The continuous column stills used to produce grain neutral spirit usually comprise of at least three columns, each three or more stories high with plates like floors in a skyscraper block throughout the height of the column so hundreds of plates between the various columns. As steam rises up through the columns it meets the falling fermented beer-like wash of the grain or other base ingredient and a form of distillation could be said to occur on each plate within the column - hence the claim of some producers that their vodka is 100s of time distilled.
: "Batch distilled in a traditional pot still" is yet another exuberant statement made by some vodka marketers.:
Truth or myth: Myth. While using a pot still to re-distil some or all of the base neutral spirit can have a very beneficial effect on the finished vodka, equally, column still distillation can produce a superb liquid. 100% pot still vodka can be overly heavy but Ketel One vodka is made with a proportion of re-distilled pot still spirit blended with a custom made grain neutral spirit. I've been lucky enough to sample the grain neutral spirit and the pot still spirit alongside the finished vodka. Both of the component base spirits would make good vodkas on their own but the finished blend is better than the sum of its parts.
Pot still vodka producers usually redistill third-party produced neutral spirit in traditional copper pot still or a combination still - basically a pot still which rises into an attached or neighbouring mini-column still. Such re-distillation in a copper pot still can change the character and texture of the spirit - making it discernibly heavier in character.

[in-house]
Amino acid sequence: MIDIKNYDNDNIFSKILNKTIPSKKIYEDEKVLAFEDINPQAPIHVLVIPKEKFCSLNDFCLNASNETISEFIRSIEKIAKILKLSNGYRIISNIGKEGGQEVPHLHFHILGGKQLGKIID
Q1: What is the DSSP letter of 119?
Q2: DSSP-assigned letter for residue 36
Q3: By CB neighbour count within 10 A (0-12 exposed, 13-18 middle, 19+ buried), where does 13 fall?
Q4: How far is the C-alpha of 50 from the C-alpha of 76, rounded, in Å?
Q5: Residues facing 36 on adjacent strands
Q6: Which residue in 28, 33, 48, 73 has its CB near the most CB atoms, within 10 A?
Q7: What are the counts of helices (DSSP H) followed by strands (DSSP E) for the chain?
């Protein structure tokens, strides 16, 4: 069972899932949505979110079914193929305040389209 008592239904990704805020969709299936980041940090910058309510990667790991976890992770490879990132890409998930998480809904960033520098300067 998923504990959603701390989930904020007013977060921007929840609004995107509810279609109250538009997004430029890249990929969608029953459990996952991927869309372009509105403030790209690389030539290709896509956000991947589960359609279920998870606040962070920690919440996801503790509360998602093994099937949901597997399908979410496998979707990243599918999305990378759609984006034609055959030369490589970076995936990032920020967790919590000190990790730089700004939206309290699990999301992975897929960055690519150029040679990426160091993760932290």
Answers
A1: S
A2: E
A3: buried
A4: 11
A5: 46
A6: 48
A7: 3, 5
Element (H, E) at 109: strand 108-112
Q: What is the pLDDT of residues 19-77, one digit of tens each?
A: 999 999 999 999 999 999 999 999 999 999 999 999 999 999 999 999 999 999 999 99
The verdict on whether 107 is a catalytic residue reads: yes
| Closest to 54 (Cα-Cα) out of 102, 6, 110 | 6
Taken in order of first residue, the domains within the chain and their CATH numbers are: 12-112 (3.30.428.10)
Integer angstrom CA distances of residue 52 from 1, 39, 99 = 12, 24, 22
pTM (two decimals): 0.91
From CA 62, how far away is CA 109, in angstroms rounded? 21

"Our vodka is rested prior to bottling."
Truth or myth: Truth. Resting periods and the slow graduated hydration is beneficial to vodka and other spirits. Ketel One vodka is allowed to rest for at least 24 hours to marry the components.
A good chef will leave a joint of meat to rest after cooking before starting to carve. Similarly the instructions on the packaging of a ready-meal will say that it should be left to rest after being cooked in a microwave. These resting periods allow the food's agitated molecules to calm down after cooking.
When water is blended with high strength alcohol (either neutral spirit of re-distilled neutral spirit) there is a reaction. Like the recently cooked food this reaction agitates the molecules within the vodka. Consequently, the best producers let their vodka rest to allow the spirit and water to coalesce.
Some producers boast that their vodka is filtered six times prior to bottling while others say that their distillation produces such a pure spirit that filtration is not necessary and that "charcoal is for barbecues."
Truth or myth: Truth and myth. Charcoal filtration can change a vodka's flavour while, the effect of some other inert substances used as filtration mediums is most probably more noticeable as a marketing tool than any perceivable difference to the vodka. The column still and pot still distillates used in Ketel One are charcoal filtered, as is the water used. The charcoal filtration removes colour molecules to ensure the finished vodka has a bright, crystal-like appearance.